This weekend I finally got to use my AstroZap Baader solar filter and snap a few quick shots of our nearest star, the Sun.
Remember with solar viewing safety should always come first, as there is a risk of permanent damage to your sight or even blindness. First thing you should always do is check your solar filter for any damage or holes before each use. Once I was happy my filter was safe to use, I fitted it to the end of the scope tube and moved the scope into position.
Unfortunatly, due to the position of our garden, surrounding houses and the time of year, I only had a 10 minuite window in which to do some solar viewing while the sun was low enough for the scope to see it. Most of that time was taken trying to get my scope to point at the sun, which is not so easy when you have no finder scope and should not look at the target. Luckily when I had set my scope up it was casting a shadow on the fence, this gave me an idea, I would use the shadow on the fence to align my scope.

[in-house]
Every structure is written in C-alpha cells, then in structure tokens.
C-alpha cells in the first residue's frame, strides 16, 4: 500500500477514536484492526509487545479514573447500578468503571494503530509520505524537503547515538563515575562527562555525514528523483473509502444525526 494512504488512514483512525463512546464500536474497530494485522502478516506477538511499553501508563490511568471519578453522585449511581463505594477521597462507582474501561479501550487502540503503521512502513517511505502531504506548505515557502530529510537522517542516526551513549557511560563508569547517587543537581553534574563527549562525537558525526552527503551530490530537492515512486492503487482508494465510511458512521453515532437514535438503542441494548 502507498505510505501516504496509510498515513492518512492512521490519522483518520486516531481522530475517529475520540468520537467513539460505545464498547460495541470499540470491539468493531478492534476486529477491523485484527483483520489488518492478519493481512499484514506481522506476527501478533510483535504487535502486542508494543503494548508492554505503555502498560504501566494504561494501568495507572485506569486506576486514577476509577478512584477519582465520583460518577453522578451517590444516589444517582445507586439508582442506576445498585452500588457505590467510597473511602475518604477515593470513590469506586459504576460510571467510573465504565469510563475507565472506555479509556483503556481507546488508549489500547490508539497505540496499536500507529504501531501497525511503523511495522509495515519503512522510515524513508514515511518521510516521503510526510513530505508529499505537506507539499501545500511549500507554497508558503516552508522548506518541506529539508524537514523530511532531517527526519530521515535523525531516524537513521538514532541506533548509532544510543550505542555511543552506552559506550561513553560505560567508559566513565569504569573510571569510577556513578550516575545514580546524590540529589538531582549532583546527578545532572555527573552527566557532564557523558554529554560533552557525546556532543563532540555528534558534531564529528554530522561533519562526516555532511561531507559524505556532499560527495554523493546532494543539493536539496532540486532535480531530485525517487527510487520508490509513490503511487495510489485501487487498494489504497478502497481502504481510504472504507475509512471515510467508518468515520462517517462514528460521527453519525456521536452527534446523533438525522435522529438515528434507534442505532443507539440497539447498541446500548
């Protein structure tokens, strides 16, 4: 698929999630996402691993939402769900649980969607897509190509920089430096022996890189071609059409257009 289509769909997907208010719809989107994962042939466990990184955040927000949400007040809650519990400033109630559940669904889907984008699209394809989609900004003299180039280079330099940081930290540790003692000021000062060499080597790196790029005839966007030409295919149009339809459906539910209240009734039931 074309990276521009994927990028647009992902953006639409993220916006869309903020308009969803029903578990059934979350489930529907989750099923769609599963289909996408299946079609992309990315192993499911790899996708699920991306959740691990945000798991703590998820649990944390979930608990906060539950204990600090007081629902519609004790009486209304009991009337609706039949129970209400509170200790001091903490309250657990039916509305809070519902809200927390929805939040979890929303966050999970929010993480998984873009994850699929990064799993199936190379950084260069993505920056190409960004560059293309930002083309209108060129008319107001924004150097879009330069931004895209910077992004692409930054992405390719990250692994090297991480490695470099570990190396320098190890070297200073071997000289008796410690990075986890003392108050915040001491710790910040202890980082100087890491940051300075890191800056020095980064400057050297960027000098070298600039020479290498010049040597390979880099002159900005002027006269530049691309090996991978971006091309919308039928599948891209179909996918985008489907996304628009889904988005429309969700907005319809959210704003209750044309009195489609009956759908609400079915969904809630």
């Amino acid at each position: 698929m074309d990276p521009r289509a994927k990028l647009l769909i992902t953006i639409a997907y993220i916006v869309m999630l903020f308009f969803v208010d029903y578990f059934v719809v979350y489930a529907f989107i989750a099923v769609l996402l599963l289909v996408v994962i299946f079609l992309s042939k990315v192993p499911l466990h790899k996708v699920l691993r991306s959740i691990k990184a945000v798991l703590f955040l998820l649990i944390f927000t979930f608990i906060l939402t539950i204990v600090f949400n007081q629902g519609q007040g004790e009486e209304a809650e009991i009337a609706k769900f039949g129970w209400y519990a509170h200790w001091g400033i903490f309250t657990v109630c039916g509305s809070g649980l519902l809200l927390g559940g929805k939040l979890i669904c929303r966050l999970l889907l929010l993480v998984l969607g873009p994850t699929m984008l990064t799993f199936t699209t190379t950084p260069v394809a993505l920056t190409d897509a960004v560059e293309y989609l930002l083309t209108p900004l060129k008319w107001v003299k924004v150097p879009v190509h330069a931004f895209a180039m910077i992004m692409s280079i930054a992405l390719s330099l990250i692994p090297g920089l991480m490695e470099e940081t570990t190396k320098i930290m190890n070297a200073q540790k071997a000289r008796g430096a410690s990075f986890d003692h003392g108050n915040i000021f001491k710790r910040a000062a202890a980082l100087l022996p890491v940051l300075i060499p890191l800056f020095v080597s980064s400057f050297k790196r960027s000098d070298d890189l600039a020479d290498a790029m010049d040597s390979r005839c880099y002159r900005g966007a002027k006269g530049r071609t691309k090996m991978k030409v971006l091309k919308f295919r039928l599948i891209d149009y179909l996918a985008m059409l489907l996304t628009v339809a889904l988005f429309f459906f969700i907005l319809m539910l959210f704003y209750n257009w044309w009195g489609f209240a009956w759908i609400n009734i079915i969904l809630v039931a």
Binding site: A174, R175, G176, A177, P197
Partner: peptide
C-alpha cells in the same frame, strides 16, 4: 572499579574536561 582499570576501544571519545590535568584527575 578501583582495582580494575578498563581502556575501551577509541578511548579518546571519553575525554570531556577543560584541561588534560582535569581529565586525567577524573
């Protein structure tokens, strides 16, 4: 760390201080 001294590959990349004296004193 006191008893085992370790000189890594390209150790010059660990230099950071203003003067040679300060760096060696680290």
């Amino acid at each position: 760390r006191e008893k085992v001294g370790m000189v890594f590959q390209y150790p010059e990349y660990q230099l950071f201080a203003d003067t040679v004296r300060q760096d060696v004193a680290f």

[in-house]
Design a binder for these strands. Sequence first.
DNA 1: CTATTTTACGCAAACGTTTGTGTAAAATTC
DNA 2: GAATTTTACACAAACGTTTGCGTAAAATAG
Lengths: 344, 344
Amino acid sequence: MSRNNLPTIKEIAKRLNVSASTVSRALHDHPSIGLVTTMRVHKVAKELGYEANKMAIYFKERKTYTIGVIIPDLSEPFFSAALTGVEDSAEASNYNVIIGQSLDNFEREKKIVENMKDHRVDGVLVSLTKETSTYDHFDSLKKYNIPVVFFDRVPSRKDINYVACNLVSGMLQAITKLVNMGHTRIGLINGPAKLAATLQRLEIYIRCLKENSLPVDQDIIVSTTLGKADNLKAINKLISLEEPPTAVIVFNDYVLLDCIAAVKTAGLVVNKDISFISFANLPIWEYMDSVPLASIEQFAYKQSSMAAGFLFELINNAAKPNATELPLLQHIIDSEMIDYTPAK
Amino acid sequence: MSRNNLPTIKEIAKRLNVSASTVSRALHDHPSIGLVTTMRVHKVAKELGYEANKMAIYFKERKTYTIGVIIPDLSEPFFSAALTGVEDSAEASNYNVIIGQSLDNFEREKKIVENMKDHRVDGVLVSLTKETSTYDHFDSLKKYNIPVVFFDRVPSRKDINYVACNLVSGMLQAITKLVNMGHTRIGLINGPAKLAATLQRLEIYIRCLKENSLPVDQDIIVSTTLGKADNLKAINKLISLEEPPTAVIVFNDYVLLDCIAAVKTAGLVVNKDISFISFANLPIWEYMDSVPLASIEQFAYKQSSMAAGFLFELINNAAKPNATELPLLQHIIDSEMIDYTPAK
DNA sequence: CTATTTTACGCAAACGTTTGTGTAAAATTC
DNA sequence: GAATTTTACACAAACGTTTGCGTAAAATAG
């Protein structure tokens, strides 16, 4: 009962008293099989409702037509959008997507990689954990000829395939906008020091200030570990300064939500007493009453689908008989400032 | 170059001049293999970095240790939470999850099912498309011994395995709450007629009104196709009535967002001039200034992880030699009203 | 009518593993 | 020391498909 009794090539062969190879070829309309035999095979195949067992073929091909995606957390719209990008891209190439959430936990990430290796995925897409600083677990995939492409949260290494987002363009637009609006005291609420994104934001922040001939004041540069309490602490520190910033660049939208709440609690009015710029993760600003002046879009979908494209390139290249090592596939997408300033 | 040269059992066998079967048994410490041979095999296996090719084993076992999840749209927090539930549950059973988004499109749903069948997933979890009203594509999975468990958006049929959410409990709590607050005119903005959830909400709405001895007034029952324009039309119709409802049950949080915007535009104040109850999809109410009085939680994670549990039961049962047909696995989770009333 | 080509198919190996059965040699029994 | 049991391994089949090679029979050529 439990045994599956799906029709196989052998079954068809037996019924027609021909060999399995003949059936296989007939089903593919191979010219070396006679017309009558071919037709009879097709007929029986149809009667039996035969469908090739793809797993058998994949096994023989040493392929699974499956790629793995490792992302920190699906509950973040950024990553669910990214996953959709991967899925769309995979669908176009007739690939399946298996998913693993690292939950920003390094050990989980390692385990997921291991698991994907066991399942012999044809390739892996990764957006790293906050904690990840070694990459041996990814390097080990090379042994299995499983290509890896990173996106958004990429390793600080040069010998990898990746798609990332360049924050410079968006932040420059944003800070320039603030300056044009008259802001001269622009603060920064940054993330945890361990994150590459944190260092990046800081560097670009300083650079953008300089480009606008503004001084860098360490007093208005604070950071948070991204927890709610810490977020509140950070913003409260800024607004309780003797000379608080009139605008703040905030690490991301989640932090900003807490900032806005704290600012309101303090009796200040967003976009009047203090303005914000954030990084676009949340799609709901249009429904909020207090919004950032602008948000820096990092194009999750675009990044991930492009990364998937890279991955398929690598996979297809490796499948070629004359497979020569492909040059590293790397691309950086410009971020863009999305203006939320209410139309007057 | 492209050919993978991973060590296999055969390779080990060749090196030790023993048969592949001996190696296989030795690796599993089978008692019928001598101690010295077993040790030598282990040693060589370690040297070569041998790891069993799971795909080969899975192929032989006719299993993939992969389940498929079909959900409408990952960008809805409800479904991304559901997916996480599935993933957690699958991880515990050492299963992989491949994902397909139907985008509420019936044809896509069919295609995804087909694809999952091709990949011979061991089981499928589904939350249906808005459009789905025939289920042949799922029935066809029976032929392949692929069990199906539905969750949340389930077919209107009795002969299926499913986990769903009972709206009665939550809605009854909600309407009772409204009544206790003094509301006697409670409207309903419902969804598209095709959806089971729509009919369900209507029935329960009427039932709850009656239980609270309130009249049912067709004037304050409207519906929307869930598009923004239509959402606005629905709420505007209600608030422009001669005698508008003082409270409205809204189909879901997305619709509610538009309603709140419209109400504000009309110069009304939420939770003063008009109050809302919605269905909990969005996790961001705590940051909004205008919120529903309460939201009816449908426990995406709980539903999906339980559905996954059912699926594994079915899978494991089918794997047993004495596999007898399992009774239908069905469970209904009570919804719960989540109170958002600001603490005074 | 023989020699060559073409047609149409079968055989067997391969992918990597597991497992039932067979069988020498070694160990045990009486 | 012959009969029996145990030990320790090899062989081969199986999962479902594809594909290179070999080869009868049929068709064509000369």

The theory being if the scope is pointing directly at the sun, the shadow of the tube should be a perfect circle, as the length of the tube would not cast a shadow. Once I positioned my scope so that the shadow was a circle I quickly checked the view finder and the sun was almost perfectly central.
Now that the sun was in view, I quickly setup my camera and mount . It took a few attempts to get the setting on the camera right to get the below photo:
As the year progresses hopefully I’ll have more opportunity to study our star, it is a sight to behold.